How long does the battery last on the Bose QuietComfort Earbuds?
We subjected the Bose QuietComfort Earbuds to a constant 75dB output until the batteries depleted, and they lasted 5 hours, 29 minutes with active noise cancelling enabled. This is above average for ANC true wireless earbuds, beating out the AirPods Pro, but not the Sony WF-1000XM4.
You can quickly charge the earbuds by placing them in the case for just 15 minutes, giving you 120 minutes of playtime. If you need to complete a full charge cycle of the earbuds, you have to set aside two hours, while charging the case completely takes three hours via USB-C. The case also supports Qi wireless charging, though your specific mat limits speeds.
How well does the Bose QuietComfort Earbuds cancel noise?
If you commute regularly, the Bose QuietComfort Earbuds’ active noise cancelling is a huge asset to you. It effectively reduces continuous droning sounds like the grind of a train car and roar of an engine to sound up to 90% quieter. I am shocked at how well the earbuds cancel out the noise emitted by my stationary bike setup. Normally when I bike, the resistance mechanism rattles the whole apartment, but I can hardly hear anything when ANC is set to 10 on the Bose QC Earbuds.
The sliding scale allows you to adjust from levels 1-10, and inversely controls the transparency mode and ANC. As you decrease the ANC intensity, you increase the degree of ambient passthrough audio. It took me a moment to realize this, as the ambient noise mode sounds quite good compared to its competitors. It’s among the most natural-sounding executions of transparency hearing, and I prefer it over others like the Nothing Ear 1.
The Bose QuietComfort Earbuds has some of the best noise cancelling in the industry, and handily outdoes the Apple AirPods Pro. You can see this in the charts below (click to expand). Things get a little less clear as you compare the QC Earbuds to the Pixel Buds Pro and WF-1000XM4, however.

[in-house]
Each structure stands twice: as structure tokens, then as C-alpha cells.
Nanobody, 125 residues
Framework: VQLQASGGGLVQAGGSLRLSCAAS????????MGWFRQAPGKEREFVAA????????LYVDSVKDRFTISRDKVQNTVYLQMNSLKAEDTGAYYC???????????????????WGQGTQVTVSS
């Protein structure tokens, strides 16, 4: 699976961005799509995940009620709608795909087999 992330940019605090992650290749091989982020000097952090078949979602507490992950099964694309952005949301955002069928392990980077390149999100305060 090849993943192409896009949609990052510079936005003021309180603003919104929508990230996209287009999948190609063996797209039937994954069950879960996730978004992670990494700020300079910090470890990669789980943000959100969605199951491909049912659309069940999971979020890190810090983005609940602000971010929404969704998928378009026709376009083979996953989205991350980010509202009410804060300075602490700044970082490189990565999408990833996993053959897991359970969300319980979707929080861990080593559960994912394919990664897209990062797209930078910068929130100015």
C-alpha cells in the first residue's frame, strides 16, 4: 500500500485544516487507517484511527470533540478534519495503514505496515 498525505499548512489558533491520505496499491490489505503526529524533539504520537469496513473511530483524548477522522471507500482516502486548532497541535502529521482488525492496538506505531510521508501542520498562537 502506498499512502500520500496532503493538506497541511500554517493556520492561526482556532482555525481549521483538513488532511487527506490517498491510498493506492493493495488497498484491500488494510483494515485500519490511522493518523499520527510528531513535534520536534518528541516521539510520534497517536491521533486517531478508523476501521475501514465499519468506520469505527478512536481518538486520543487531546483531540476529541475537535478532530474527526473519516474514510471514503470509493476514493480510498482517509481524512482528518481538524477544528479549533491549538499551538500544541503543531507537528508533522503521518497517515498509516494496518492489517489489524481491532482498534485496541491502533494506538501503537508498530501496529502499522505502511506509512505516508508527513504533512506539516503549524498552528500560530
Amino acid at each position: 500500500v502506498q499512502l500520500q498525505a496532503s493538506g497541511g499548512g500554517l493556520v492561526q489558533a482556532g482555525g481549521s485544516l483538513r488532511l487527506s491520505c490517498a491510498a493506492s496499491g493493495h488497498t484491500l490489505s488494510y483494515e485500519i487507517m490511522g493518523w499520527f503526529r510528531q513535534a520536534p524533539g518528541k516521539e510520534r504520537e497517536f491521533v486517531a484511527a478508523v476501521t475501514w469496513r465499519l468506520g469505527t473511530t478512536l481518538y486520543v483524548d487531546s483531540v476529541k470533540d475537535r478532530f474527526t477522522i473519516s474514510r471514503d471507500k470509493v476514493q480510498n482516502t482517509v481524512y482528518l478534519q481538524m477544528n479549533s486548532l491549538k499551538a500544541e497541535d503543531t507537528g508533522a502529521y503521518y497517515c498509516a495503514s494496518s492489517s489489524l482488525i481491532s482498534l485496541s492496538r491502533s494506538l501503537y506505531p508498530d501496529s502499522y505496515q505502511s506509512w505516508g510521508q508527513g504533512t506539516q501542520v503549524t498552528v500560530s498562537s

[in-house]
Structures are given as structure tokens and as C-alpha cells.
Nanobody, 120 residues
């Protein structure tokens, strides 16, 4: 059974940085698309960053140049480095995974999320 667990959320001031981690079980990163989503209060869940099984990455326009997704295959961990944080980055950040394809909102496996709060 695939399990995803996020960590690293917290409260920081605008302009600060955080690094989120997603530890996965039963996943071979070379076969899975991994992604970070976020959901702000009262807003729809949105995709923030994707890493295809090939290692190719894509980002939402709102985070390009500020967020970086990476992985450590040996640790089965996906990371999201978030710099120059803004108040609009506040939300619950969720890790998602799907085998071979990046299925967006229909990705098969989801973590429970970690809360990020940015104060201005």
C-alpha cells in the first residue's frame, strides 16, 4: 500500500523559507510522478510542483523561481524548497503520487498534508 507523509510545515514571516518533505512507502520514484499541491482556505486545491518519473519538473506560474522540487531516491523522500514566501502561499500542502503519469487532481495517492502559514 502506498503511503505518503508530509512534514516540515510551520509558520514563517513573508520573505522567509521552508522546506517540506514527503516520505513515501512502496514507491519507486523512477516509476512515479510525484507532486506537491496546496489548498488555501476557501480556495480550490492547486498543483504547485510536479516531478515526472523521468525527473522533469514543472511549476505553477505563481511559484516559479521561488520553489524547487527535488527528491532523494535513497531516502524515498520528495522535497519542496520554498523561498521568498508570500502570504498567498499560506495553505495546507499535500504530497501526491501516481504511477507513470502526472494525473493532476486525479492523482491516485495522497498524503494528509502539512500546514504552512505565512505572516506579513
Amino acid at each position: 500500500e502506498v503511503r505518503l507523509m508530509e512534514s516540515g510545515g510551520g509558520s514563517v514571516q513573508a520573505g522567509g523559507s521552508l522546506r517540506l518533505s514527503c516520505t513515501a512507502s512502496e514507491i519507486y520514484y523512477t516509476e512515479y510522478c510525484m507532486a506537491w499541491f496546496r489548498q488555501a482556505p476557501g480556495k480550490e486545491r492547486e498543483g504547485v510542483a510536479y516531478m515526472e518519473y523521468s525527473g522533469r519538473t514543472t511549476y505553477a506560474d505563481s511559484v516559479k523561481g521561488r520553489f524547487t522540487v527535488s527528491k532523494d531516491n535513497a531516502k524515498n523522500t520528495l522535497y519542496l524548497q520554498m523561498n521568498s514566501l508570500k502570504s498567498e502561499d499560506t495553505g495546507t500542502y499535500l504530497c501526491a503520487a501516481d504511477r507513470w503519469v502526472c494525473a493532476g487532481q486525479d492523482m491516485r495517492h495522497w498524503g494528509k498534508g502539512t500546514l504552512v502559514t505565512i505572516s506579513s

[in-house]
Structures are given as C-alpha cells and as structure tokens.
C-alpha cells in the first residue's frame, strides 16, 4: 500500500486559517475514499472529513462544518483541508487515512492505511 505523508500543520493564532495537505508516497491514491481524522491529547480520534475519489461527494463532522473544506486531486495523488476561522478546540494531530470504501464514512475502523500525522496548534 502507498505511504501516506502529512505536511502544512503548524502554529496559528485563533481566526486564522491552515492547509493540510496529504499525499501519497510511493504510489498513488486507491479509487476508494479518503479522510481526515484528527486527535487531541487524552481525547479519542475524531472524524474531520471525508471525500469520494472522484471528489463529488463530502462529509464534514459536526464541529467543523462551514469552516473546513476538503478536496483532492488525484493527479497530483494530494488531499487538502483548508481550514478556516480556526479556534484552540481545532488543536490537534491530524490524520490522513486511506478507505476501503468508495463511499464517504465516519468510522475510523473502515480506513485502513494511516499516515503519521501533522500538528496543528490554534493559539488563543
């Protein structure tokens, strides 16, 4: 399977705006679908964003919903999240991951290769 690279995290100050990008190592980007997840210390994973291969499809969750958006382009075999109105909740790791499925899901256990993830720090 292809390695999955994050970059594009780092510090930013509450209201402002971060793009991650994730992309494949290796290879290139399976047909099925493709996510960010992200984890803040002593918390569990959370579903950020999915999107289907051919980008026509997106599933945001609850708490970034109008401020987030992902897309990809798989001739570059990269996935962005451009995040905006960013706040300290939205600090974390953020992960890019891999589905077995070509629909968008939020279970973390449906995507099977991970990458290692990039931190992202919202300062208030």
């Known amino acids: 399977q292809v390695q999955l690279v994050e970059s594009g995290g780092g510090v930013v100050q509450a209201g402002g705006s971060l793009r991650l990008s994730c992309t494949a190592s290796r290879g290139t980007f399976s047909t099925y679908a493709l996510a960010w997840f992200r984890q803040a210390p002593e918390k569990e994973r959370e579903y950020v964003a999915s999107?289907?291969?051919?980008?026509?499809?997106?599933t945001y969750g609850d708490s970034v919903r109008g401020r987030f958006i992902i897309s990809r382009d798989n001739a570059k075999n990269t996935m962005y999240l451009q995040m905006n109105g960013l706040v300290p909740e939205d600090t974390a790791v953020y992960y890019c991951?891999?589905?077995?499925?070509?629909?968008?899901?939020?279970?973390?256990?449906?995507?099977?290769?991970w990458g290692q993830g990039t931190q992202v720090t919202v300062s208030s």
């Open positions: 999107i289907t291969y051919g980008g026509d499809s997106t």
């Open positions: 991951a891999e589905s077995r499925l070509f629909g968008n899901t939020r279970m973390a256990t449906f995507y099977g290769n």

We have a detailed Google Pixel Buds Pro vs Bose QuietComfort Earbuds article for you, but all you need to know is that the ANC is very close between the two headsets. Bose’s earbuds do have a leg up when it comes to passive isolation performance, so they’ll block out more unpredictable sounds than the Pixel Buds Pro.
At first glance, it may appear that the Bose QC Earbuds blocks out more noise than the Sony WF-1000XM4, but that’s not entirely true. The Sony earbuds do a better job of passively blocking out unpredictable sounds (1kHz and higher), largely due to the memory foam ear tips. That said, the Bose QuietComfort Earbuds ANC does more to affect 130-400Hz frequencies. Ultimately, you can’t go wrong with either even though most people will likely prefer the Sony earbuds due to better fit and isolation, longer battery life, and superior Bluetooth codec support. You can read our Sony WF-1000XM4 vs Bose Quietcomfort Earbuds article for a comprehensive breakdown.
How does the Bose QuietComfort Earbuds sound?
The Bose QuietComfort Earbuds really sounds quite good and as you can see above, its frequency response closely follows our consumer curve. Most listeners will enjoy this sound profile that is popular among other high-quality consumer headsets. As with any headset, sound quality is dependent on your ability to get a good fit with the earbuds. Bose provides three ear tip sizes (small, medium, large), which should accommodate most ear canals. This is both important for active noise cancelling performance, and optimal bass reproduction.
Lows, mids, and highs
Kishi Bashi’s song Honeybody sounds great through the Bose QC Earbuds, which reproduces the bass notes clearly even during instrumentally busy moments (1:42). Just a few seconds later, the high-pitched “Ohs” manage to stand out from the cheery din, in large part due to the amplified high-midrange. Treble notes occasionally come through too loudly, which is noticeable in Snail Mail’s song Speaking Terms. If you skip to the end of the second hook at 2:20, Lindsey Jordan’s voice is harder than it should be to distinguish from the cymbal hits.
At launch, the Bose QuietComfort Earbuds did not include any native EQ customization. However, the following Bose Music App updates now include custom EQ functionality:
- iOS: 5.0.2
- Android 5.0.1
- Firmware version 2.0.7